When you first become a Mary Kay Consultant, you are told that the “real money” is in becoming a sales director. They flaunt the “high commission checks” and make you believe that these “high checks” are normal checks. (Note: They’re not. They’re one-time deals.) They encourage you to recruit your customers, drastically reducing the money you make. Instead of selling your customer $200 of products at retail pricing and potentially profiting $80 or so, you recruit the customer who places a wholesale order of $225 ($450 retail value) and you make a whopping $9 (your big 4% commission).
Does that make any sense? Of course not. But they tell you that by building the volume of people on your team, you eventually make it up. Especially because as a sales director, you have the opportunity to make up to 26% regular commission on unit order. (Newsflash: Even at 26%, you still would have made only $58.50 on that recruit’s order. You’re still in the hole.)
Every step of the way, they encourage you to move up the career ladder. They tell you that the BIG money is on its way. And yet, the truth is that the majority of sales directors don’t even make minimum wage. Out of 9,000 sales directors in the U.S., 5,100 make less than $16,800 a year. A tiny fraction of women in Mary Kay make decent money, and that seems to be enough to give women hope and keep them trying and spending money on inventory they don’t need, even though the hard statistics show that almost no one makes money in MLM.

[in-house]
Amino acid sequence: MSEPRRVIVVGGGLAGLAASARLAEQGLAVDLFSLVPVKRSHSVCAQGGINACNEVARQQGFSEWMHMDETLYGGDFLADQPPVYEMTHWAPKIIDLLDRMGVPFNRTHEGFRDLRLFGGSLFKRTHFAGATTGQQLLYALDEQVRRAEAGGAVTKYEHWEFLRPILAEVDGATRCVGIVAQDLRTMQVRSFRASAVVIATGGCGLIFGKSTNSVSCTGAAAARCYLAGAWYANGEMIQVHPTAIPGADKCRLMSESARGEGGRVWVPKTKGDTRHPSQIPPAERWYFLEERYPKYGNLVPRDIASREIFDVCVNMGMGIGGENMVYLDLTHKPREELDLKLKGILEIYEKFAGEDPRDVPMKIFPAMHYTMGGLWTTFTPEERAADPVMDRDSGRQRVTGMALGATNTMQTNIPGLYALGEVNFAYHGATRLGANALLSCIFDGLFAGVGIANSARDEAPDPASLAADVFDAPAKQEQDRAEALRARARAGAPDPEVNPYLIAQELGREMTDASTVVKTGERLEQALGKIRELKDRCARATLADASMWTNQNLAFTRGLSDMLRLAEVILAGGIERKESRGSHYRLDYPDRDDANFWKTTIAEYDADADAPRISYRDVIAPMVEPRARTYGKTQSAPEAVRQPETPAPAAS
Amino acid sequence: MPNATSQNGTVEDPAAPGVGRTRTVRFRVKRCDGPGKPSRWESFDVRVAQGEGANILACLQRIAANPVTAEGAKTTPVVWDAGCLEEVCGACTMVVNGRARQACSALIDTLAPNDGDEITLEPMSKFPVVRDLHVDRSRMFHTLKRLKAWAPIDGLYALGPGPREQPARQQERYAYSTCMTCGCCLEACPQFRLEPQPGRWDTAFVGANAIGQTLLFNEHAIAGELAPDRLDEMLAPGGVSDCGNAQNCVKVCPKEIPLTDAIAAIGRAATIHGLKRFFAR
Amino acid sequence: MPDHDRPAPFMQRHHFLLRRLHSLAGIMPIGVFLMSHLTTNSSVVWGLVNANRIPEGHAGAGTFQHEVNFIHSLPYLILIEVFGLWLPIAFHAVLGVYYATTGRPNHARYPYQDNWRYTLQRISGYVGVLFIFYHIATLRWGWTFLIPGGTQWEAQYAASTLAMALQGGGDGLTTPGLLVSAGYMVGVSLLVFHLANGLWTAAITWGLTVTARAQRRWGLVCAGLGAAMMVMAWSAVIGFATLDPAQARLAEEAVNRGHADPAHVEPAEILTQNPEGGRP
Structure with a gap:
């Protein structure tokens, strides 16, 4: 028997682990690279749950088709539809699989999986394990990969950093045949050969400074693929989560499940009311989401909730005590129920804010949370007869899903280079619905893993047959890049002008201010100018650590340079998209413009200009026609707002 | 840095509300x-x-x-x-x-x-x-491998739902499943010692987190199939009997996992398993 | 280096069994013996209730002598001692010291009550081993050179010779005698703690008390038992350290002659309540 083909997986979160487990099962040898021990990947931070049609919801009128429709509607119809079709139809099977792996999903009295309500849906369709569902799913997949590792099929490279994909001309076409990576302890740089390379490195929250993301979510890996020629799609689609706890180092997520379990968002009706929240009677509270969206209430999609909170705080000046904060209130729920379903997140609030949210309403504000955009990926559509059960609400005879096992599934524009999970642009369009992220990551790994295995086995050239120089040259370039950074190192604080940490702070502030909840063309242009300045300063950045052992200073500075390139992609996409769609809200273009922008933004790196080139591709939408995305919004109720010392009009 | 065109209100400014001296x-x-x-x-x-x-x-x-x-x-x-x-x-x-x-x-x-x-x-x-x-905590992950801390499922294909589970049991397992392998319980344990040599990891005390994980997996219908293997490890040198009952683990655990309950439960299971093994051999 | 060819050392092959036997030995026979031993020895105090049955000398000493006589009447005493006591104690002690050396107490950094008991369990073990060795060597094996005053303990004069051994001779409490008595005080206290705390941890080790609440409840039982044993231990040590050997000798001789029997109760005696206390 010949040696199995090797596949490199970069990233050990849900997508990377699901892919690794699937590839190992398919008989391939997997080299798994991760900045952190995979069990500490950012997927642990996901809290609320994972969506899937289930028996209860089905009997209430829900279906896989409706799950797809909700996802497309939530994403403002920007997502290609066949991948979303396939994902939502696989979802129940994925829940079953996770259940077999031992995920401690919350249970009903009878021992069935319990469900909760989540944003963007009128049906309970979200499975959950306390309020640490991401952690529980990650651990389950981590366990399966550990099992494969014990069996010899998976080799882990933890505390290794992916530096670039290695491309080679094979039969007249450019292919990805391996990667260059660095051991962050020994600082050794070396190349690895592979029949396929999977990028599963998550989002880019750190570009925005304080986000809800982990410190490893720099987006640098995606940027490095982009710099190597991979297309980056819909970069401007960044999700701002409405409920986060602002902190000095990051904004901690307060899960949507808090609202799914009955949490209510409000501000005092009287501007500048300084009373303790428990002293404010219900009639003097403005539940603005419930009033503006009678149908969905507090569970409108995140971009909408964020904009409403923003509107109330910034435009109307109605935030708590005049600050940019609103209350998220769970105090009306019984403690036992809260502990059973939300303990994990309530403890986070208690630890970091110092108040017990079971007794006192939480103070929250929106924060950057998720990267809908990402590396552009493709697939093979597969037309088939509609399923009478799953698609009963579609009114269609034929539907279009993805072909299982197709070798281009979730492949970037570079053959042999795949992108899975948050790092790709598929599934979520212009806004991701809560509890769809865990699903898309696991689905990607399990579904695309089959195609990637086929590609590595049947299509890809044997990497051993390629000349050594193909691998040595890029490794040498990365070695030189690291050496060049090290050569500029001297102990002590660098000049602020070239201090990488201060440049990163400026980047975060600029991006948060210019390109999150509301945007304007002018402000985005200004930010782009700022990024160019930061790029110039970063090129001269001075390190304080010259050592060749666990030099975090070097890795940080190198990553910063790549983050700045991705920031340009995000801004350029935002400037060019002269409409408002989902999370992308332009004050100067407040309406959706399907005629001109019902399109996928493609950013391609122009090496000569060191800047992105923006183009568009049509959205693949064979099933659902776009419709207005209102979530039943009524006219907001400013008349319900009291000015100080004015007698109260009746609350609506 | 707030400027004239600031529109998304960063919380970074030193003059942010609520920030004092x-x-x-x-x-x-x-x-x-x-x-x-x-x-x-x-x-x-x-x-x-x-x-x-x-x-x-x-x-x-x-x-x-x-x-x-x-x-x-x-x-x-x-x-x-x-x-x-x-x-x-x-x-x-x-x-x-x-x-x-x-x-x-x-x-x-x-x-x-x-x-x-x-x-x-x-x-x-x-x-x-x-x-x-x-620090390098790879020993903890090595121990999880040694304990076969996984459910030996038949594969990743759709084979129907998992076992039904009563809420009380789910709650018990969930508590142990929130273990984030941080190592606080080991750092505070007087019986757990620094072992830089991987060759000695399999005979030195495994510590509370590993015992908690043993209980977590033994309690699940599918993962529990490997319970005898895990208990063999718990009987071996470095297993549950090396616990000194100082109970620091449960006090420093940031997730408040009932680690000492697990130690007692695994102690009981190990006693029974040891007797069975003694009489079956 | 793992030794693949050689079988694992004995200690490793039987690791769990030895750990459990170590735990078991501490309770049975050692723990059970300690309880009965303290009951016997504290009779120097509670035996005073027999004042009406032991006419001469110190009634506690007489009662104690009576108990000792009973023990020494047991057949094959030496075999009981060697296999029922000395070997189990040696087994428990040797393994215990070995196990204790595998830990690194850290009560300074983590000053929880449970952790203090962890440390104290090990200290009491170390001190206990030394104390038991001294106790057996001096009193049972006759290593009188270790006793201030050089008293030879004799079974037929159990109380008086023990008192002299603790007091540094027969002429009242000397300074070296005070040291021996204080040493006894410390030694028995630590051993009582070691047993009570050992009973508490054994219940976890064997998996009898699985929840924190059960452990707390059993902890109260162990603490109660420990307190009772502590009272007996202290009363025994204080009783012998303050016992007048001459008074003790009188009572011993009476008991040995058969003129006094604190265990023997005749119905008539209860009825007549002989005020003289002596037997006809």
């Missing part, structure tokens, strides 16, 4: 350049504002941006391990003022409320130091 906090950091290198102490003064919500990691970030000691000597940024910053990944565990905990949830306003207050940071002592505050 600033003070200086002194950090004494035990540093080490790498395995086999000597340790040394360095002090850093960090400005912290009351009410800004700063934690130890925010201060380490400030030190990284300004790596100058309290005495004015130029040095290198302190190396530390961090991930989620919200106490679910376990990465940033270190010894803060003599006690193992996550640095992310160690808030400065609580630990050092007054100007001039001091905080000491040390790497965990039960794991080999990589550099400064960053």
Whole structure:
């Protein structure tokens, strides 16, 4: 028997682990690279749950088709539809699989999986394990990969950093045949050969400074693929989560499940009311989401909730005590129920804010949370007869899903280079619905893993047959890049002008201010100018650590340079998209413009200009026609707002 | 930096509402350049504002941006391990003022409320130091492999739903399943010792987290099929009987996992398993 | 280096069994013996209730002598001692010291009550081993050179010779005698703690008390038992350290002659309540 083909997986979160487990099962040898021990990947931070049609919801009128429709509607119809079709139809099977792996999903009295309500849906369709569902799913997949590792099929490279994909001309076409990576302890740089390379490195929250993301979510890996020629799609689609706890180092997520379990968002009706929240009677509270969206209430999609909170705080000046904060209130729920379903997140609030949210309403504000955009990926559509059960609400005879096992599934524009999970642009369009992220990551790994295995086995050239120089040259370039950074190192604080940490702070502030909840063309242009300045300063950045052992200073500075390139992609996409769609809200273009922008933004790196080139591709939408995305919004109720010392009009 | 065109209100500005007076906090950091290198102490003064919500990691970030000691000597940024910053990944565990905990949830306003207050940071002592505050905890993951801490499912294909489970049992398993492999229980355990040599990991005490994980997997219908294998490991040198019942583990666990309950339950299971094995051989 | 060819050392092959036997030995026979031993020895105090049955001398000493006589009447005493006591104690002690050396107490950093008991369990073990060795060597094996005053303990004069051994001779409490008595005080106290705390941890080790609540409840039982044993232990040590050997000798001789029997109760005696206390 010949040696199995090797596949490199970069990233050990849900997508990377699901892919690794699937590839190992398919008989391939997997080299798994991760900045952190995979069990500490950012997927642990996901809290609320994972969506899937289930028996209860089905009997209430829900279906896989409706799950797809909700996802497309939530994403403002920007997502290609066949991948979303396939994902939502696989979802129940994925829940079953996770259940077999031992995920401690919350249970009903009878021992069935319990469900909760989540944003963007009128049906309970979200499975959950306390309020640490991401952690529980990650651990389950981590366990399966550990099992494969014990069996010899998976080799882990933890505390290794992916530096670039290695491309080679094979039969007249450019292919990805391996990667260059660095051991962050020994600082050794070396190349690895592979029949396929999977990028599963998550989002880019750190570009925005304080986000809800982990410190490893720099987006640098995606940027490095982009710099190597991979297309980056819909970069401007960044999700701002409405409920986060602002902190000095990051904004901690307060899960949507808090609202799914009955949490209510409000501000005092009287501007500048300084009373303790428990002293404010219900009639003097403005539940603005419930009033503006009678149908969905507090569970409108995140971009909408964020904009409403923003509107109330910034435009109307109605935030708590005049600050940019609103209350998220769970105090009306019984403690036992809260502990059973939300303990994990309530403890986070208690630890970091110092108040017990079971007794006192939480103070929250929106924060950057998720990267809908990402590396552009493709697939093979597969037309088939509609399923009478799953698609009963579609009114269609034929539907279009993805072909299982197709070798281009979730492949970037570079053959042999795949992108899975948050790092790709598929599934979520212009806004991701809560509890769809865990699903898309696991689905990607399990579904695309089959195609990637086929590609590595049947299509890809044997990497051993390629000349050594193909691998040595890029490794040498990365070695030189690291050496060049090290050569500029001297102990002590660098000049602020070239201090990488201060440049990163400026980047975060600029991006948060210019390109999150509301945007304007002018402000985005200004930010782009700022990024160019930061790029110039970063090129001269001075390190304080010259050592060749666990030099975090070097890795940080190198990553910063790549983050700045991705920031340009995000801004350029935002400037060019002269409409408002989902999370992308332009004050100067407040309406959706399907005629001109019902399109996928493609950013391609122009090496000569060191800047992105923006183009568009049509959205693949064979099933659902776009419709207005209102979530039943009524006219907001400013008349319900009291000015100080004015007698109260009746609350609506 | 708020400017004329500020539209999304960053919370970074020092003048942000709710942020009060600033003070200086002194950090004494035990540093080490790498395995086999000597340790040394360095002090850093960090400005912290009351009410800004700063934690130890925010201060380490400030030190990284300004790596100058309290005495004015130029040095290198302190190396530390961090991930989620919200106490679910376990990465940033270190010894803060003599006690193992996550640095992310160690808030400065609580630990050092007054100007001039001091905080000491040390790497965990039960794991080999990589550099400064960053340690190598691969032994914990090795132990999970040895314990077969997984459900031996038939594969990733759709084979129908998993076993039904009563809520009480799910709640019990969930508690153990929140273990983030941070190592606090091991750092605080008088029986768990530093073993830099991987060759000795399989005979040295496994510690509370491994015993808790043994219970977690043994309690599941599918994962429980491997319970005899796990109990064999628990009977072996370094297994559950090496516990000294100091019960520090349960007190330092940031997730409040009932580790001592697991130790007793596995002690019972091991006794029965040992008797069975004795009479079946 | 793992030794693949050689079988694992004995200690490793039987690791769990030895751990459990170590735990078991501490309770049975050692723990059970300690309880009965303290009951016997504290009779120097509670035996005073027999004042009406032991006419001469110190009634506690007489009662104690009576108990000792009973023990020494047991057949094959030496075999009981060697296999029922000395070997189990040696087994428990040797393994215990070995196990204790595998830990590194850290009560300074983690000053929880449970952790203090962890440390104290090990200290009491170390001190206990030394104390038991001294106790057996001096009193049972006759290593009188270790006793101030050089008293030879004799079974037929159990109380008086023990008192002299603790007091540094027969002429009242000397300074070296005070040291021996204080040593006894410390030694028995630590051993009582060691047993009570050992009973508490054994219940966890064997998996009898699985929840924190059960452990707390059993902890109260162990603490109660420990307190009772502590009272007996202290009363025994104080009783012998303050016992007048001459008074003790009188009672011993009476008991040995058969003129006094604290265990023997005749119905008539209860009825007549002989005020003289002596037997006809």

It’s sad when someone’s efforts leave them empty-handed. But it’s encouraging when a woman is big enough to admit the failure of Mary Kay. Lana Teaford completed DIQ on July 31, 2019, and became a director on August 1, 2019.
On October 22, Lana announced that she had quit Mary Kay. They call it “stepping down.” What that means is that she likely didn’t make the minimum unit production of $4,500 wholesale per month for August and September, which automatically gets you kicked out of directorship. Even if she HAD made the minimum, her commission check each month would have been $1,170 maximum.
Lana said in the below Instagram post: “But when my family is struggling and not making enough money, you have to step back and take a reality check…. But now it’s time to grow up and help pick up the slack. Momma got a real job, with consistent income.”
That’s straight talk. A real job versus Mary Kay. Consistent income, something that is almost impossible as a MK sales director. Sadly, for most, directorship doesn’t provide enough income to sustain a family. Congratulations to Lana for this awesome life change!